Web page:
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Frontier Van Lines Moving and Storage, Inc. and Sharon Biton, A/K/A Mike Bitton v. Valley Solutions

IN THE UNITED STATES DISTRICT COURT FOR THE WESTERN DISTRICT OF PENNSYLVANIA


May 24, 2011

FRONTIER VAN LINES MOVING AND STORAGE, INC. AND SHARON BITON, A/K/A MIKE BITTON
PLAINTIFFS,
v.
VALLEY SOLUTIONS, INC., T/D/B/A MOVERREVIEWS.COM, AND MATT SCHMIDT
DEFENDANTS.

The opinion of the court was delivered by: Arthur J. Schwab United States District Judge

ELECTRONICALLY FILED

MEMORANDUM OPINION

I.Introduction

On March 9, 2011, Plaintiffs Frontier Van Lines Moving and Storage, Inc. ("Frontier") and Sharon Biton ("Biton") filed a Complaint in the Court of Common Pleas of Allegheny County, Pennsylvania against Valley Solutions, Inc. ("Valley Solutions") and Matt Schmidt ("Schmidt") alleging defamation, and this case was properly removed to this Court, pursuant to 28 U.S.C. § 1332.

Valley Solutions, t/d/b/a, MoverReviews.com, hosts and maintains a website wherein reviews are posted by persons who seek the services of moving companies, including Frontier. Frontier alleges that Defendant Schmidt posted two defamatory statements about Frontier, and that Valley Solutions also published, authored, created, or acted in concert with Schmidt in authoring, creating, and posting and in failing to remove the alleged defamatory statements, thus resulting in harm to its business and the personal reputation of the business owners. Doc. No. 1-1. Plaintiffs seek compensatory and punitive damages.

On April 28, 2011, Valley Solutions filed a Motion to Dismiss the claims against it under Rule 12(b)(6) of the Federal Rules of Civil Procedure. Doc. No. 4. Valley Solutions asserts that Plaintiffs‟ claims against it are barred by Title V of the Communications Decency Act of 1996, specifically that part codified at 47 U.S.C. § 230. For the reasons discussed below, Valley Solutions‟ Motion to Dismiss will be denied without prejudice.*fn1

II.Standard of Review

Under Federal Rule of Civil Procedure 8(a)(2), civil complaints must contain a "short and plain statement of the claim showing that the pleader is entitled to relief." A complaint may be dismissed pursuant to Federal Rule of Civil Procedure 12(b)(6) if it does not allege "enough facts to state a claim to relief that is plausible on its face." Phillips v. Cnty. of Allegheny, 515 F.3d 224, 234 (3d Cir. 2008) (quoting Bell Atl. Corp. v. Twombly, 550 U.S.544, 570 (2007)).*fn2 To survive a motion to dismiss under Rule 12(b)(6), a claim for relief now ""requires more than labels and conclusions‟" or ""a formulaic recitation of the elements of a cause of action.‟" Ashcroft v. Iqbal, 129 S. Ct. 1937, 1948 (2009) (quoting Twombly, 550 U.S. at 555). While Rule 8 was "a notable and generous departure from the hyper-technical, code-pleading regime of a prior era," it does not "unlock the doors of discovery for a plaintiff armed with nothing more than conclusions." Iqbal, 129 S. Ct. at 1950.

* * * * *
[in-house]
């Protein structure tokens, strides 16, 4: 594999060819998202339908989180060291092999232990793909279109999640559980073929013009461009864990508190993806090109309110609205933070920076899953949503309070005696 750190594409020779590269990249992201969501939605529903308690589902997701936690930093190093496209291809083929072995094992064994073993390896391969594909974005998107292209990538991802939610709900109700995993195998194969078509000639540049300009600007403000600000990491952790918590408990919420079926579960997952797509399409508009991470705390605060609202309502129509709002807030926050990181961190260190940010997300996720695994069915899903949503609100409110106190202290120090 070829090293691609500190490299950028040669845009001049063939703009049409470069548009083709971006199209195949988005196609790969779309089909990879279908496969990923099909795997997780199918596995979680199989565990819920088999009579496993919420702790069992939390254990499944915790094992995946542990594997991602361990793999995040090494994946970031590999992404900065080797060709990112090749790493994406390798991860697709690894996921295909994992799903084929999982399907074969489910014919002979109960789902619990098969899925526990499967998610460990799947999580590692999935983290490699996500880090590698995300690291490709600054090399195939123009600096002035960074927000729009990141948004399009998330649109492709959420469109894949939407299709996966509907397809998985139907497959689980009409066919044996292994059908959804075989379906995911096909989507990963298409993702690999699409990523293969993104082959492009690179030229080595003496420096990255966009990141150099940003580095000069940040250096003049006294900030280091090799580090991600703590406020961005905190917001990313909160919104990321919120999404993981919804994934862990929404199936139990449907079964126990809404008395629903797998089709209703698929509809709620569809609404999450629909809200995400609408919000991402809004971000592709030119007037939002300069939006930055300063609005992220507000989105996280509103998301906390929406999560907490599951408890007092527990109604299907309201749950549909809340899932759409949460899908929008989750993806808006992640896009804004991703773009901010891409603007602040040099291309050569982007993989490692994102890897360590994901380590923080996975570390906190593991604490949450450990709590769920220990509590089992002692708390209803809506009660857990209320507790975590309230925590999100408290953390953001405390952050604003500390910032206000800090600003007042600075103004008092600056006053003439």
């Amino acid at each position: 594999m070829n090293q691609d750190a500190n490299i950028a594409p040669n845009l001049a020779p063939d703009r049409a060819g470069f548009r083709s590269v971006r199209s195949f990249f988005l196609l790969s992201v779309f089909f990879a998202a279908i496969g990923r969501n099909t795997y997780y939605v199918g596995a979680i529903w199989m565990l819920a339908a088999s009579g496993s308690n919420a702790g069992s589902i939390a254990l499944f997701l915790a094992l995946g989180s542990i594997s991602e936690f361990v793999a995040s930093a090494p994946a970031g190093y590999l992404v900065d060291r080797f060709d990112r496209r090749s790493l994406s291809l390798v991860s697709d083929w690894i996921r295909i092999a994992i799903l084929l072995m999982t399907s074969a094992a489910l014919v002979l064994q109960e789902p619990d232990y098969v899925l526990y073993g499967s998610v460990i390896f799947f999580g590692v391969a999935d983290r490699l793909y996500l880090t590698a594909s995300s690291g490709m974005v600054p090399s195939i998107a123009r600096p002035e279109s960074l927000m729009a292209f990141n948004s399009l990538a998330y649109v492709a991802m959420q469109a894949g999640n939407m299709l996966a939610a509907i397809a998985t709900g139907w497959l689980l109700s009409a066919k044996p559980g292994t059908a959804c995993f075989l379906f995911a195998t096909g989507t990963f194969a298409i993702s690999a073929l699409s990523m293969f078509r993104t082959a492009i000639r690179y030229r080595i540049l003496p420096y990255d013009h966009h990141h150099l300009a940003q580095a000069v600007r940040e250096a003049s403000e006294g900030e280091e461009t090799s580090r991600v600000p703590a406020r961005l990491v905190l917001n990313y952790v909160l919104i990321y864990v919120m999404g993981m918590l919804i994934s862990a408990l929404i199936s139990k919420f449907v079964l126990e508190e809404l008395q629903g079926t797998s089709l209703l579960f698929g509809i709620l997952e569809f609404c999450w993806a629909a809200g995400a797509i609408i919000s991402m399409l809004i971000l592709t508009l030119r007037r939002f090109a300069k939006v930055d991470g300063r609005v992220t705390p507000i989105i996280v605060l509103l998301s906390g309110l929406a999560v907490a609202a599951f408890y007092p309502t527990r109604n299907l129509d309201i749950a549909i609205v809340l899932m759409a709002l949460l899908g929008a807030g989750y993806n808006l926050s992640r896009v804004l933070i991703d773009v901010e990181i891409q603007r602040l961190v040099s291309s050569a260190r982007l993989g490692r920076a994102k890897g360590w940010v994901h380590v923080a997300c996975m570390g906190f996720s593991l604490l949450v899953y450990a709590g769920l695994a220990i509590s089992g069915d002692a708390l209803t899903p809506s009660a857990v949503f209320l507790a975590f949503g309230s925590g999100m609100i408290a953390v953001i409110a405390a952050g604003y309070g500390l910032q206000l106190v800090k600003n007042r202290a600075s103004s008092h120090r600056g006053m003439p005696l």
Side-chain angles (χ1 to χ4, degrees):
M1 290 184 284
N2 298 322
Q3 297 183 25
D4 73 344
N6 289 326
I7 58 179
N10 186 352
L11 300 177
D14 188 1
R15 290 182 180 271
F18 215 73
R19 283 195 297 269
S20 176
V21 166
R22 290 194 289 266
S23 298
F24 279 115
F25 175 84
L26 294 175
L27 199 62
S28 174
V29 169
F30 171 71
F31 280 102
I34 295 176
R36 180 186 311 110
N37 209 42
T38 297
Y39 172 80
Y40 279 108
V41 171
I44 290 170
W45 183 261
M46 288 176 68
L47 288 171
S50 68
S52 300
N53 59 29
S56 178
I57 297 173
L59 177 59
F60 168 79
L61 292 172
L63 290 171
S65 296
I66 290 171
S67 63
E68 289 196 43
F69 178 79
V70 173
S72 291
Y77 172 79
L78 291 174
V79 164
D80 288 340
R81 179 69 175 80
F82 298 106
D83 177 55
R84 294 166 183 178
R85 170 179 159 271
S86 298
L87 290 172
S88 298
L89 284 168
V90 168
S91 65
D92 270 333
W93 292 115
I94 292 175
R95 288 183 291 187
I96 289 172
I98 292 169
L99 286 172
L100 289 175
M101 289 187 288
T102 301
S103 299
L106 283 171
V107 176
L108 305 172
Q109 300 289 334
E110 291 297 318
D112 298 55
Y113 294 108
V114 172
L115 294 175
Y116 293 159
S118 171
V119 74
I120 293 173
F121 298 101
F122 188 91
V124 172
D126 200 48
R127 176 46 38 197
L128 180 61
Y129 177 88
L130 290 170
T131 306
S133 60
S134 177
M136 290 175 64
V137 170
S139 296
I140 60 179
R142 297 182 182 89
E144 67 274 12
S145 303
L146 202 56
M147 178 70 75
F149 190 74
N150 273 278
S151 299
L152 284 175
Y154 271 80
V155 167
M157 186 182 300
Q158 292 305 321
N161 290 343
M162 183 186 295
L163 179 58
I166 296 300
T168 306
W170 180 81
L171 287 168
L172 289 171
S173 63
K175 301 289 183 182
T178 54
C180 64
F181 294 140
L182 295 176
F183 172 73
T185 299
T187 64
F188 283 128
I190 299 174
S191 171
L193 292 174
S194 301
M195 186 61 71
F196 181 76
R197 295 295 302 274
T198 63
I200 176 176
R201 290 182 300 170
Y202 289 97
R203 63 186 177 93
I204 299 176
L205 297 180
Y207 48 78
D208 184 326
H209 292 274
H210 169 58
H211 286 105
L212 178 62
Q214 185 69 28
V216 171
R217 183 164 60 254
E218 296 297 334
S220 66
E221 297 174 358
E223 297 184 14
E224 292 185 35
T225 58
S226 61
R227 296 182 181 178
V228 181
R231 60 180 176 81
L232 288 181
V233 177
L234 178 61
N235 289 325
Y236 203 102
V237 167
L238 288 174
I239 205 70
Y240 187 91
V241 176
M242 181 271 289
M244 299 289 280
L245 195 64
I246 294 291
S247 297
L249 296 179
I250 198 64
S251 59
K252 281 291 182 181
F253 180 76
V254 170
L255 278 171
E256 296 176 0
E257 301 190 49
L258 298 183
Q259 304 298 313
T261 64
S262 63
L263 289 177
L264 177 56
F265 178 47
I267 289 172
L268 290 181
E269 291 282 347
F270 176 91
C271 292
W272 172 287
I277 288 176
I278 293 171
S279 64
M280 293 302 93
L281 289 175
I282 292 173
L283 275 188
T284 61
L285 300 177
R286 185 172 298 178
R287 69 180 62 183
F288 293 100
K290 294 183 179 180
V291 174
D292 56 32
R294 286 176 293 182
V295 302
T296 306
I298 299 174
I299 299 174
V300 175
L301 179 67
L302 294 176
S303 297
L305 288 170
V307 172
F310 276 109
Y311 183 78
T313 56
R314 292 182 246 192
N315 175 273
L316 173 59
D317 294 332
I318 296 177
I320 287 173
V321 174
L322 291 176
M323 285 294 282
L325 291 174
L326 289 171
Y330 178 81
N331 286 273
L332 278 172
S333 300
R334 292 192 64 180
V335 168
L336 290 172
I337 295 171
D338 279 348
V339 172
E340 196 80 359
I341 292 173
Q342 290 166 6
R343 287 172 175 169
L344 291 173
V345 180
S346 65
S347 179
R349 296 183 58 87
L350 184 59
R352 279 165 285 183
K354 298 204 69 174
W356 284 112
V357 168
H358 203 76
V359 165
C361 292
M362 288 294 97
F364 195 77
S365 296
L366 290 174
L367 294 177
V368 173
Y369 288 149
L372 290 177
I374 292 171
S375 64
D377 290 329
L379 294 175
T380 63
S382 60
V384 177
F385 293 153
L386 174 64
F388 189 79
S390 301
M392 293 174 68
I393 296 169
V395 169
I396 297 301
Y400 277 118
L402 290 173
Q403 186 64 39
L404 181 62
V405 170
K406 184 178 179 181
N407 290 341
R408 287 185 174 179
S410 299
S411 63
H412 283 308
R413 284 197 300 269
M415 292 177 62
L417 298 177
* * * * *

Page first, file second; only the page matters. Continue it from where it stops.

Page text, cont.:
In light of the Supreme Court‟s decision in Iqbal, the United States Court of Appeals for the Third Circuit has advised district courts to review Rule 12(b)(6) motions to dismiss for failure to state a claim as follows:

[D]istrict courts should conduct a two-part analysis. First, the factual and legal elements of a claim should be separated. The District Court must accept all of the complaint's well-pleaded facts as true, but may disregard any legal conclusions. Second, a District Court must then determine whether the facts alleged in the complaint are sufficient to show that the plaintiff has a "plausible claim for relief." In other words, a complaint must do more than allege the plaintiff's entitlement to relief. A complaint has to "show" such an entitlement with its facts. As the Supreme Court instructed in Iqbal, "[w]here the well-pleaded facts do not permit the court to infer more than the mere possibility of misconduct, the complaint has alleged -- but it has not "show[n]‟ -- "that the pleader is entitled to relief.‟" This "plausibility" determination will be "a context-specific task that requires the reviewing court to draw on its judicial experience and common sense."

Fowler v. UPMC Shadyside, 578 F.3d 203, 210-11 (3d Cir. 2009) (quoting Iqbal, 129 S. Ct. at 1949).

In conducting this analysis, the Court will accept all of the plaintiff‟s factual allegations as true and construe all inferences in the light most favorable to the non-moving party. See Umland v. Planco Fin. Servs., 542 F.3d 59, 64 (3d Cir. 2008) (citing Buck v. Hampton Twp. Sch. Dist., 452 F.3d 256, 260 (3d Cir. 2006)). However, a court will not accept bald assertions, unwarranted inferences, or sweeping legal conclusions cast in the form of factual allegations. See In re Rockefeller Ctr. Props., Inc. Sec. Litig., 311 F.3d 198, 215 (3d Cir. 2002); Morse v. Lower Merion Sch. Dist., 132 F.3d 902, 906 n.8 (3d Cir. 1997). A court is not required to consider legal conclusions; rather, it should determine whether the plaintiff should be permitted to offer evidence in support of the allegations. See Maio v. Aetna, Inc., 221 F.3d 472, 482 (3d Cir. 2000). To satisfy the requirement of Federal Rule 8(a)(2) for a "short and plain statement of the claim showing that the pleader is entitled to relief," a plaintiff must aver sufficient factual allegations which "nudge" its claims "across the line from conceivable to plausible." Iqbal, 129 S.Ct. at 1951.